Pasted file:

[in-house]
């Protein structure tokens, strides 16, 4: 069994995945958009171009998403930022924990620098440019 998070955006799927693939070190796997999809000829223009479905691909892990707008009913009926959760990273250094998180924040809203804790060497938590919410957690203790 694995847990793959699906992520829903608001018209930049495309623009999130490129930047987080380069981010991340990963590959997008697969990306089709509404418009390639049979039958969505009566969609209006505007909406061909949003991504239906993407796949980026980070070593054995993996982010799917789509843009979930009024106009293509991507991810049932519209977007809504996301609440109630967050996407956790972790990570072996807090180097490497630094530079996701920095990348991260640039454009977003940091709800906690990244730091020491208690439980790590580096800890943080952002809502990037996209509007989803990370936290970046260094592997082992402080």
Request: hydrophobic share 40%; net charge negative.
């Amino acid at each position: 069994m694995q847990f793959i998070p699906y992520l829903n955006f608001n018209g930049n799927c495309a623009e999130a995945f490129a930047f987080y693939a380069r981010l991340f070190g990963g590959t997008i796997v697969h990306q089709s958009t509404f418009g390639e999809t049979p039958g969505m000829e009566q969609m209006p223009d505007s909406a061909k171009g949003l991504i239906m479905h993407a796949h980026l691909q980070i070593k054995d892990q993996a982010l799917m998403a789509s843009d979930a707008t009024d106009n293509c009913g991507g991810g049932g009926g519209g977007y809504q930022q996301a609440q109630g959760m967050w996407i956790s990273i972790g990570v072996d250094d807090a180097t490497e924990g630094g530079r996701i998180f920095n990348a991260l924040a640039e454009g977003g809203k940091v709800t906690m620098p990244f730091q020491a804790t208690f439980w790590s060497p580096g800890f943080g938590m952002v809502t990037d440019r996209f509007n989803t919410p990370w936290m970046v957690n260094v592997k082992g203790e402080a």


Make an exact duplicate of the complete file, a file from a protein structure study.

[in-house]
């Protein structure tokens, strides 16, 4: 069994995945958009171009998403930022924990620098440019 998070955006799927693939070190796997999809000829223009479905691909892990707008009913009926959760990273250094998180924040809203804790060497938590919410957690203790 694995847990793959699906992520829903608001018209930049495309623009999130490129930047987080380069981010991340990963590959997008697969990306089709509404418009390639049979039958969505009566969609209006505007909406061909949003991504239906993407796949980026980070070593054995993996982010799917789509843009979930009024106009293509991507991810049932519209977007809504996301609440109630967050996407956790972790990570072996807090180097490497630094530079996701920095990348991260640039454009977003940091709800906690990244730091020491208690439980790590580096800890943080952002809502990037996209509007989803990370936290970046260094592997082992402080």
Request: hydrophobic share 40%; net charge negative.
């Amino acid at each position: 069994m694995q847990f793959i998070p699906y992520l829903n955006f608001n018209g930049n799927c495309a623009e999130a995945f490129a930047f987080y693939a380069r981010l991340f070190g990963g590959t997008i796997v697969h990306q089709s958009t509404f418009g390639e999809t049979p039958g969505m000829e009566q969609m209006p223009d505007s909406a061909k171009g949003l991504i239906m479905h993407a796949h980026l691909q980070i070593k054995d892990q993996a982010l799917m998403a789509s843009d979930a707008t009024d106009n293509c009913g991507g991810g049932g009926g519209g977007y809504q930022q996301a609440q109630g959760m967050w996407i956790s990273i972790g990570v072996d250094d807090a180097t490497e924990g630094g530079r996701i998180f920095n990348a991260l924040a640039e454009g977003g809203k940091v709800t906690m620098p990244f730091q020491a804790t208690f439980w790590s060497p580096g800890f943080g938590m952002v809502t990037d440019r996209f509007n989803t919410p990370w936290m970046v957690n260094v592997k082992g203790e402080a």